Biracial Boy Hanged by Peers in New Hampshire Says He Keeps Reliving 'The Day That it Happened' as Investigation Continues

Quincy Merlin appeared with his mom, Cassandra Merlin, on "The Real" talk show to talk about his bullying experience. Darren Hauck/Getty

The 9-year-old New Hampshire boy whose classmates tried to string him up from a tree in a racially motivated lynching says he's constantly reliving that August day — and his mother says a police investigation has stalled.

Quincy Merlin Chivers, who is bi-racial, says he cries whenever caring classmates ask him about the events that led to his hospitalization, making him "live through the day that it happened," he said in an appearance with his mom and sister on the daytime talk show The Real that aired Tuesday.

Related: Supporters Raise Thousands for Biracial Boy and His Family After Hanging Attack

The story is as compelling now as it was on that late August day. Quincy and his sister, Ayanna, were playing near their Claremont, New Hampshire, home with a group when some of the teens turned mean, throwing dirt and using racial slurs. The older kids broke a tire swing, then began looping the rope around their necks as a joke.

Soon they told Quincy, sitting on a picnic table, it was his turn. Once he was wearing the noose, Quincy said one of the guys pushed him off the table, leaving him hanging from the tree.

"It just happened so fast. I couldn't really see anything," he said. "I just wanted to be cool, but I didn't know I was going to get pushed off that second."

In this heartbreaking moment, Tamera speaks to Quincy on being biracial, after he bravely shared the terrible bullying he endured.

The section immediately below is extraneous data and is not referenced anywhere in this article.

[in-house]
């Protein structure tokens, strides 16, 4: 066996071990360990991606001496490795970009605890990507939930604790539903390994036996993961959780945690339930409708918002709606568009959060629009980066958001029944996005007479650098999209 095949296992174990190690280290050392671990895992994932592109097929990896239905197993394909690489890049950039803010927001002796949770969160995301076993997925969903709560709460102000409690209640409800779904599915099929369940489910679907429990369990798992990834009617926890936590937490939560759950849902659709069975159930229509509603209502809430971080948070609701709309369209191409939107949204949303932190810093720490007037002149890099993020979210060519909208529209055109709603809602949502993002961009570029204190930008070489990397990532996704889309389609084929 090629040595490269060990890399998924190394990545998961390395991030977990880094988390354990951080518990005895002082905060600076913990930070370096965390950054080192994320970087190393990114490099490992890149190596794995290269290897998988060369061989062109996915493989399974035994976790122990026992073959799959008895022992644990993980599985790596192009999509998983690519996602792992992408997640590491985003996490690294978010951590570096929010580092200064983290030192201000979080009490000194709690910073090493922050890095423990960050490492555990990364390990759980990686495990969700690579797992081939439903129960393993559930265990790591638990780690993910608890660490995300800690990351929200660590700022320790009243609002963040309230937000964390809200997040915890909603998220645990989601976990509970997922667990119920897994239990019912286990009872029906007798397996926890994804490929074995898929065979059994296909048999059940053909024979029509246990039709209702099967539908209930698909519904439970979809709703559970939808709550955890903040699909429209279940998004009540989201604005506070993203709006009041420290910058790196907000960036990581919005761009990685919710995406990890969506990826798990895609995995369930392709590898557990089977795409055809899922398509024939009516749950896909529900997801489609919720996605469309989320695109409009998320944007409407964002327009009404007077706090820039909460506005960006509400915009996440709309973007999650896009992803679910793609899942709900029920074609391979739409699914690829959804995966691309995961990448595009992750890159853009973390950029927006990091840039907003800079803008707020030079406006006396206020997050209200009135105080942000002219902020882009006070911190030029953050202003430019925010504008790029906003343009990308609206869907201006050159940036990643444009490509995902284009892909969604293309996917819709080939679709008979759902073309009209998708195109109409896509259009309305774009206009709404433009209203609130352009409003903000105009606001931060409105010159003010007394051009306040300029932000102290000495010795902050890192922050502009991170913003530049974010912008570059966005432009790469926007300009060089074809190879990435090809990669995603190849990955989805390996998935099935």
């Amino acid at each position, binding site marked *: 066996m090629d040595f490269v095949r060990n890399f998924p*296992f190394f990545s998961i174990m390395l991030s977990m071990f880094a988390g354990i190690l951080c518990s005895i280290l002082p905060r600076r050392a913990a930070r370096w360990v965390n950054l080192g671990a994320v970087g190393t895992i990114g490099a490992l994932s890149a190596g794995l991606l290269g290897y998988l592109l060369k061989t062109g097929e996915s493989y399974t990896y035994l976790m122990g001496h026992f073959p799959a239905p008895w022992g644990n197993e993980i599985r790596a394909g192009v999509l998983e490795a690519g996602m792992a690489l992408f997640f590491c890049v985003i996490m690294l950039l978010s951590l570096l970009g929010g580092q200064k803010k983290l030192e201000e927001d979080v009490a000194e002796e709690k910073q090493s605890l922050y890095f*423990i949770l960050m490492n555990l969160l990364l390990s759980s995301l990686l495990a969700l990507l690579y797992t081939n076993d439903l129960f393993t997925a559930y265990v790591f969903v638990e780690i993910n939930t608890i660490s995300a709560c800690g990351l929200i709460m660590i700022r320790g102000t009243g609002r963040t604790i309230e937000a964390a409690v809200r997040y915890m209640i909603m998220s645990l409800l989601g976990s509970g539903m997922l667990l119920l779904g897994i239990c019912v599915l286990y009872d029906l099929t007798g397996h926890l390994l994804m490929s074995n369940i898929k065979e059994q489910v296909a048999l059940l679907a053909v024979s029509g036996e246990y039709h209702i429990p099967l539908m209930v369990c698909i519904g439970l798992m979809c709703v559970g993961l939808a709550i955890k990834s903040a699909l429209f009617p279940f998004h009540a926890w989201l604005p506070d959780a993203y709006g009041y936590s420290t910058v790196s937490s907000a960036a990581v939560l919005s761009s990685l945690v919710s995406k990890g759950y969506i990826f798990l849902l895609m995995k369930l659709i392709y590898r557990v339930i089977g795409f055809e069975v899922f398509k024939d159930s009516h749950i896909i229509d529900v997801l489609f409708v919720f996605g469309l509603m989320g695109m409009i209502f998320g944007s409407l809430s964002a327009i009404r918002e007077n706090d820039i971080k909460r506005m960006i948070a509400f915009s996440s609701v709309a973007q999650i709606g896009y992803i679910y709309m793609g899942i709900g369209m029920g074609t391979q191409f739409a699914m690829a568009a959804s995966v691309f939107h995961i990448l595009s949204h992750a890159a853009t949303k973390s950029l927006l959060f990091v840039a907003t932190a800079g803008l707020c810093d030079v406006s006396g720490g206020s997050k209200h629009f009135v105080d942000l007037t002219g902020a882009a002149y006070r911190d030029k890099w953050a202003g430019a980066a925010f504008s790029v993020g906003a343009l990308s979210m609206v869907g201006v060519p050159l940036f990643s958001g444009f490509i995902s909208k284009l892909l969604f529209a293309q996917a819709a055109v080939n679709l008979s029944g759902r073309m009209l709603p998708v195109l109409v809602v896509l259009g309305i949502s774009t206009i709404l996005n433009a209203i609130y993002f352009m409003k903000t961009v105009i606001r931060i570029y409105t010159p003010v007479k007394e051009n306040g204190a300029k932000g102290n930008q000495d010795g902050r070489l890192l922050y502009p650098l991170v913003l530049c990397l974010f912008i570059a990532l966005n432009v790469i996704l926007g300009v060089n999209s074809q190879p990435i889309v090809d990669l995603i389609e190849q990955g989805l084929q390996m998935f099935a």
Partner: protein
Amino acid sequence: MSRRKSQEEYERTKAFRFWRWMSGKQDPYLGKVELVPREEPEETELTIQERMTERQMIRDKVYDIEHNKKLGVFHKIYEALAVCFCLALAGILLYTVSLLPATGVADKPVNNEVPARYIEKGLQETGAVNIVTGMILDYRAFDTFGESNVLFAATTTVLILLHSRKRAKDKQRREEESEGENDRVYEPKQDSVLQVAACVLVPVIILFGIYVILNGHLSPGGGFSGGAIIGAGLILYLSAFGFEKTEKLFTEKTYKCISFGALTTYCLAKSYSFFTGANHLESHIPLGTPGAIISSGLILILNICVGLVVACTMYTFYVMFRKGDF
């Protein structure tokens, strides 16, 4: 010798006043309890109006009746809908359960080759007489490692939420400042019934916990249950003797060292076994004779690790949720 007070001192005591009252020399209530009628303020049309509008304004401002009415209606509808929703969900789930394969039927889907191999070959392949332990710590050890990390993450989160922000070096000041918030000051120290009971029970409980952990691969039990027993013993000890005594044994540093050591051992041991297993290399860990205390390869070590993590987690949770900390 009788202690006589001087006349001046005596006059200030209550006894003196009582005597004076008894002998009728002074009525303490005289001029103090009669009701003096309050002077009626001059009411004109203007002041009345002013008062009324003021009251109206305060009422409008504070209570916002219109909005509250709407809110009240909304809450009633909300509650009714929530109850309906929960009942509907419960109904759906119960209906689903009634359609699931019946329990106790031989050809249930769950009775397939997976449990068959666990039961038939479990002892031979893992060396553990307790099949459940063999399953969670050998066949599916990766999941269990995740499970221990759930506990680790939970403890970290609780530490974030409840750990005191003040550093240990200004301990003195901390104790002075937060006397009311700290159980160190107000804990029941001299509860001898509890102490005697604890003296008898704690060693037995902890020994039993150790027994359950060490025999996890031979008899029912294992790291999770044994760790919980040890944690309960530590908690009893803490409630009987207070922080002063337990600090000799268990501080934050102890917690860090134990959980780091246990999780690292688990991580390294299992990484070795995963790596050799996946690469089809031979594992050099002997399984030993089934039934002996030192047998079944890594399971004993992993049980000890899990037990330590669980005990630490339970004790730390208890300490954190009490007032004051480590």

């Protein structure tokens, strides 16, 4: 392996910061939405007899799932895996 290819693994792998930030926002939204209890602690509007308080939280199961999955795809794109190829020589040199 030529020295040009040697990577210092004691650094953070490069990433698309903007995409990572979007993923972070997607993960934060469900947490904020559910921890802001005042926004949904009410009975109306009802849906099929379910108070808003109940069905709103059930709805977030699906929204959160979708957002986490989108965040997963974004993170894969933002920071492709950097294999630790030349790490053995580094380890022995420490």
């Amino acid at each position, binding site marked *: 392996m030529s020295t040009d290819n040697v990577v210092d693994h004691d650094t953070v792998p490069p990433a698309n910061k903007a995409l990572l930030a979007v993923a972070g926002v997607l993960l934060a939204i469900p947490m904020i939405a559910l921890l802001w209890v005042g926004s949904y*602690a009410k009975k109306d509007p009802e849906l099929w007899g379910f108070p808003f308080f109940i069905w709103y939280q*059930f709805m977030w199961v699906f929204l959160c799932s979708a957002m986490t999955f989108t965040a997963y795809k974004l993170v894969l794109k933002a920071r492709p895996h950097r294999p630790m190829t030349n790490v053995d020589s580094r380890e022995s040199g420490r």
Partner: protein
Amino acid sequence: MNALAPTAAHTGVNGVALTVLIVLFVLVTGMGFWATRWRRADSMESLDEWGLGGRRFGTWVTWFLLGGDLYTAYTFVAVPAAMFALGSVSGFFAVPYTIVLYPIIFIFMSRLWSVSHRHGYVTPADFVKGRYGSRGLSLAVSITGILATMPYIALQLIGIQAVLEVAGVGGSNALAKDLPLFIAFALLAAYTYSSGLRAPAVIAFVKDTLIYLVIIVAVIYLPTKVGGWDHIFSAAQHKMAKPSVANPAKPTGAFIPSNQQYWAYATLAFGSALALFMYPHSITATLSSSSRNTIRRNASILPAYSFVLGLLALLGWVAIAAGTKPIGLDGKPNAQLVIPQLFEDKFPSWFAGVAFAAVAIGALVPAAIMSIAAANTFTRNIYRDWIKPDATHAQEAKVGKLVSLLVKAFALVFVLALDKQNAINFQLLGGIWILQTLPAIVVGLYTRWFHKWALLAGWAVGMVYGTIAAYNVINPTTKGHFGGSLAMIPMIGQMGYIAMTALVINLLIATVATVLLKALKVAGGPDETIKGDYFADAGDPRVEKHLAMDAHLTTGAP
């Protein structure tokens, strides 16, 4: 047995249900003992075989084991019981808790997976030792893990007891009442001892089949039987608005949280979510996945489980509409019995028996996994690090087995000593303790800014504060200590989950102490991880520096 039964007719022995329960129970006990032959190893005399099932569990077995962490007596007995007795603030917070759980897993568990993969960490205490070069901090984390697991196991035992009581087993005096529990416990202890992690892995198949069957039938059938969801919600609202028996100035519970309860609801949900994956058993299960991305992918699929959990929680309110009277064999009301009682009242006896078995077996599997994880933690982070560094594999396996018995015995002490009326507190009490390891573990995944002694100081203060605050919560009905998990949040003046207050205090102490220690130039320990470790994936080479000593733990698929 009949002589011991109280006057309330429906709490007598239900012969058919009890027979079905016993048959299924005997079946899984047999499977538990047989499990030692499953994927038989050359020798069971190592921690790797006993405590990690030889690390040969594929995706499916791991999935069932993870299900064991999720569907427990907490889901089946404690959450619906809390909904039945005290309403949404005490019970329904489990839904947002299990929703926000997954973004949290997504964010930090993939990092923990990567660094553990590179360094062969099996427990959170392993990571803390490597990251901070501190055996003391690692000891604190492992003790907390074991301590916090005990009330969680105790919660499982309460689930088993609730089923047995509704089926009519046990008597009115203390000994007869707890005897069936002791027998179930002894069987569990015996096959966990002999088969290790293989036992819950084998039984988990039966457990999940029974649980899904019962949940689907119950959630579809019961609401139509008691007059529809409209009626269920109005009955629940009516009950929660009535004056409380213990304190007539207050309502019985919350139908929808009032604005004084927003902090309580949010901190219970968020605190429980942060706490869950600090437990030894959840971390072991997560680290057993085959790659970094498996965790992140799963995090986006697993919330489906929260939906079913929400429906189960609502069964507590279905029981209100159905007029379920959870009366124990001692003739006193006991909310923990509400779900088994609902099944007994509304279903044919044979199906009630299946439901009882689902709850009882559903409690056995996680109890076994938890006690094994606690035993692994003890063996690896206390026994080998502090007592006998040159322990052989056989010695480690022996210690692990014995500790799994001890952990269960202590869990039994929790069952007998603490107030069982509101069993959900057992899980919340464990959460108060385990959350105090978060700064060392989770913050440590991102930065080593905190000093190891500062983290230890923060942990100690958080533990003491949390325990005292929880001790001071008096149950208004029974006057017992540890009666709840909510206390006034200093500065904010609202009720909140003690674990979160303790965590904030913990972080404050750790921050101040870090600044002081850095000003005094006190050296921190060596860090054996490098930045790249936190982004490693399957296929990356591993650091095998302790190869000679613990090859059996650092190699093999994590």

— The Real (@TheRealDaytime) October 3, 2017

Ayanna yelled for help, Quincy dropped to the ground, and his mom, Cassandra Merlin, quickly arrived. She took him to a local hospital, where he was airlifted to another medical center so his rope burns could be treated. She also filed a police report alleging that the prank was a hate crime based on comments the teens made about white pride.

Ever since, Merlin said she's had trouble getting updates from law enforcement.

"I had to make my own phone calls and say, 'Hey, listen, what's going on with this?'" Merlin said on The Real. "My fear is that I don't even want my kids to go outside anymore ... I want them to feel safe, and I want to know that our police department is doing something about it. But they have not given me any updates at all."

Last month, Quincy's family accused the police of dismissing the hanging until the story went viral. Claremont Police Chief Mark Chase rejected these claims, telling Newsweek that "from the get-go, we've believed this was a serious incident." In a September 12 news release posted to Facebook, Chase further vowed to complete the investigation "in a thorough and professional manner."

Meanwhile, a GoFundMe campaign to support the boy and his relatives has raised more than $52,000. The Root reported that Quincy has begun fourth grade, and Merlin said on The Real she's trying to get the kids back into their normal lives. But she said she doesn't want the incident to be forgotten.

"Racism is real, and it's a problem," she added.